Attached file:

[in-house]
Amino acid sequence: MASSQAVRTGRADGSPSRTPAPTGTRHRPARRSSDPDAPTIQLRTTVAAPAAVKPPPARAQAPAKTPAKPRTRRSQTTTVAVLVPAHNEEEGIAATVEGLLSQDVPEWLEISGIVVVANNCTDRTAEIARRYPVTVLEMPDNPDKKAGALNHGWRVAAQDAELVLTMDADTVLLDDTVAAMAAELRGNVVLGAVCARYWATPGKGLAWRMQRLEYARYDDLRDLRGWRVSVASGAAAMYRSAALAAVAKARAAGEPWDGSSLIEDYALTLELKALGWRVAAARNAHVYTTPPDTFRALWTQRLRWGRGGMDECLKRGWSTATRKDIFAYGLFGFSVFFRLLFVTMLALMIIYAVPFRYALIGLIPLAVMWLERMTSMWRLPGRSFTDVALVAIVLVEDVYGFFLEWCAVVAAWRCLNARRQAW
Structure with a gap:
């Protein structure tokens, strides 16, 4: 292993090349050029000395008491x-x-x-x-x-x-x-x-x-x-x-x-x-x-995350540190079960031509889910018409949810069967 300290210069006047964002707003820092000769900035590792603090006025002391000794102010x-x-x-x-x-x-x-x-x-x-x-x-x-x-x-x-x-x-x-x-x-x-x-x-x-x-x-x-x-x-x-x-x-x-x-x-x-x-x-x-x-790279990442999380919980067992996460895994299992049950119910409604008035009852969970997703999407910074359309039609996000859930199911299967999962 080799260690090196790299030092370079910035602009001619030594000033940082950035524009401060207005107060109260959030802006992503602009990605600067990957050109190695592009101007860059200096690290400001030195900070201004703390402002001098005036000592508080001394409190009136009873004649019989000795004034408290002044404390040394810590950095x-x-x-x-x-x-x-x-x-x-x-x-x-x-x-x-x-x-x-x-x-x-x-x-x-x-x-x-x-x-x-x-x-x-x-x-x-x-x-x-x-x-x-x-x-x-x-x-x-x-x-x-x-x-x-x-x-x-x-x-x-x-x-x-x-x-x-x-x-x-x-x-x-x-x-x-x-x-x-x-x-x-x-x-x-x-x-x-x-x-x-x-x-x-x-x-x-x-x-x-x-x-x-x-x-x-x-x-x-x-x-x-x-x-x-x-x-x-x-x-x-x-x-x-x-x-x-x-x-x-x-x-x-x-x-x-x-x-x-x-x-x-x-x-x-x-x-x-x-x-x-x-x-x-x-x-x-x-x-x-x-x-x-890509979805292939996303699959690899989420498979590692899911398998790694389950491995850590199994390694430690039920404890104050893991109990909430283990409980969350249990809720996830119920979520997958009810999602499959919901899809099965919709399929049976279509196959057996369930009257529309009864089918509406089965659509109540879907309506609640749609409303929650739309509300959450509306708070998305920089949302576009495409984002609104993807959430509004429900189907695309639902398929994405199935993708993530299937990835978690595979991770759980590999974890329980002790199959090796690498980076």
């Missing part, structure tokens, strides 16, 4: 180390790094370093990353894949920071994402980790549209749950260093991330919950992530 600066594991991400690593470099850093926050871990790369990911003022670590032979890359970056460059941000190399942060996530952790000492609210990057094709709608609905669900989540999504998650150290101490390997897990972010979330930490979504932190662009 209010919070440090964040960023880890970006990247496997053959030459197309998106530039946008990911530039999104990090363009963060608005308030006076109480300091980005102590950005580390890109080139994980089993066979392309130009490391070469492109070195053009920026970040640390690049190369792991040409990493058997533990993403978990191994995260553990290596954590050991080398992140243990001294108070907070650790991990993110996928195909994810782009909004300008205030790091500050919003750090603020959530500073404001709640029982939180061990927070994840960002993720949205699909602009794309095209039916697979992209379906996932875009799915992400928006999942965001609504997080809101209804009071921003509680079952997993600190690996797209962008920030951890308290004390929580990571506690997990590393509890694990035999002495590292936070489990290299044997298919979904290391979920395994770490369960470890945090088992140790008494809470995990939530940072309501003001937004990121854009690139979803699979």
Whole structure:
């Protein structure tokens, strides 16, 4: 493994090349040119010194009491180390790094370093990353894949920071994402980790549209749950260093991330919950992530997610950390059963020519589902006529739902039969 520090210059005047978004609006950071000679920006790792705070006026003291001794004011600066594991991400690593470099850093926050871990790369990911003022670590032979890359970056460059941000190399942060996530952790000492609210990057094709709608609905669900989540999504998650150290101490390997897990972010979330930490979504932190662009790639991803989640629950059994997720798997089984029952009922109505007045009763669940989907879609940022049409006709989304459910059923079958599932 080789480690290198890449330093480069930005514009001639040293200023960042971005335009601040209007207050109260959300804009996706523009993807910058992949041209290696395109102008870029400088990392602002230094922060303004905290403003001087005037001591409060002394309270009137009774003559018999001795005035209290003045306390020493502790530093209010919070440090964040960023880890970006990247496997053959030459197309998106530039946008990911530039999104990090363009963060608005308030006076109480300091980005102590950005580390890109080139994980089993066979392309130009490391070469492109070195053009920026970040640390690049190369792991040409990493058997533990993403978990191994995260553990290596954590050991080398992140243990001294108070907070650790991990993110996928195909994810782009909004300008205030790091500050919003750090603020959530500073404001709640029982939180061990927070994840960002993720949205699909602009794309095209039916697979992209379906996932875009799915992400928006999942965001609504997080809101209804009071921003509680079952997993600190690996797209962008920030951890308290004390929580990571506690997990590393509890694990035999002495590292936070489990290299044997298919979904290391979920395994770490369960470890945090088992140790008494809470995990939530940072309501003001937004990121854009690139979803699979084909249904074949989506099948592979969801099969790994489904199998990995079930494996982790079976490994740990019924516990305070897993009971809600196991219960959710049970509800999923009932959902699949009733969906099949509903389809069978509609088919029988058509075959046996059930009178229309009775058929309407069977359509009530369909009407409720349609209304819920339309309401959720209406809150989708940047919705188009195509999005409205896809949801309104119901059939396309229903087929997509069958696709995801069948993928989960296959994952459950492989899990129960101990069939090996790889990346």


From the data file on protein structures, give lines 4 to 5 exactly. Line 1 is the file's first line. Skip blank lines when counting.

């Protein structure tokens, strides 16, 4: 292993090349050029000395008491x-x-x-x-x-x-x-x-x-x-x-x-x-x-995350540190079960031509889910018409949810069967 300290210069006047964002707003820092000769900035590792603090006025002391000794102010x-x-x-x-x-x-x-x-x-x-x-x-x-x-x-x-x-x-x-x-x-x-x-x-x-x-x-x-x-x-x-x-x-x-x-x-x-x-x-x-x-790279990442999380919980067992996460895994299992049950119910409604008035009852969970997703999407910074359309039609996000859930199911299967999962 080799260690090196790299030092370079910035602009001619030594000033940082950035524009401060207005107060109260959030802006992503602009990605600067990957050109190695592009101007860059200096690290400001030195900070201004703390402002001098005036000592508080001394409190009136009873004649019989000795004034408290002044404390040394810590950095x-x-x-x-x-x-x-x-x-x-x-x-x-x-x-x-x-x-x-x-x-x-x-x-x-x-x-x-x-x-x-x-x-x-x-x-x-x-x-x-x-x-x-x-x-x-x-x-x-x-x-x-x-x-x-x-x-x-x-x-x-x-x-x-x-x-x-x-x-x-x-x-x-x-x-x-x-x-x-x-x-x-x-x-x-x-x-x-x-x-x-x-x-x-x-x-x-x-x-x-x-x-x-x-x-x-x-x-x-x-x-x-x-x-x-x-x-x-x-x-x-x-x-x-x-x-x-x-x-x-x-x-x-x-x-x-x-x-x-x-x-x-x-x-x-x-x-x-x-x-x-x-x-x-x-x-x-x-x-x-x-x-x-890509979805292939996303699959690899989420498979590692899911398998790694389950491995850590199994390694430690039920404890104050893991109990909430283990409980969350249990809720996830119920979520997958009810999602499959919901899809099965919709399929049976279509196959057996369930009257529309009864089918509406089965659509109540879907309506609640749609409303929650739309509300959450509306708070998305920089949302576009495409984002609104993807959430509004429900189907695309639902398929994405199935993708993530299937990835978690595979991770759980590999974890329980002790199959090796690498980076």
């Missing part, structure tokens, strides 16, 4: 180390790094370093990353894949920071994402980790549209749950260093991330919950992530 600066594991991400690593470099850093926050871990790369990911003022670590032979890359970056460059941000190399942060996530952790000492609210990057094709709608609905669900989540999504998650150290101490390997897990972010979330930490979504932190662009 209010919070440090964040960023880890970006990247496997053959030459197309998106530039946008990911530039999104990090363009963060608005308030006076109480300091980005102590950005580390890109080139994980089993066979392309130009490391070469492109070195053009920026970040640390690049190369792991040409990493058997533990993403978990191994995260553990290596954590050991080398992140243990001294108070907070650790991990993110996928195909994810782009909004300008205030790091500050919003750090603020959530500073404001709640029982939180061990927070994840960002993720949205699909602009794309095209039916697979992209379906996932875009799915992400928006999942965001609504997080809101209804009071921003509680079952997993600190690996797209962008920030951890308290004390929580990571506690997990590393509890694990035999002495590292936070489990290299044997298919979904290391979920395994770490369960470890945090088992140790008494809470995990939530940072309501003001937004990121854009690139979803699979």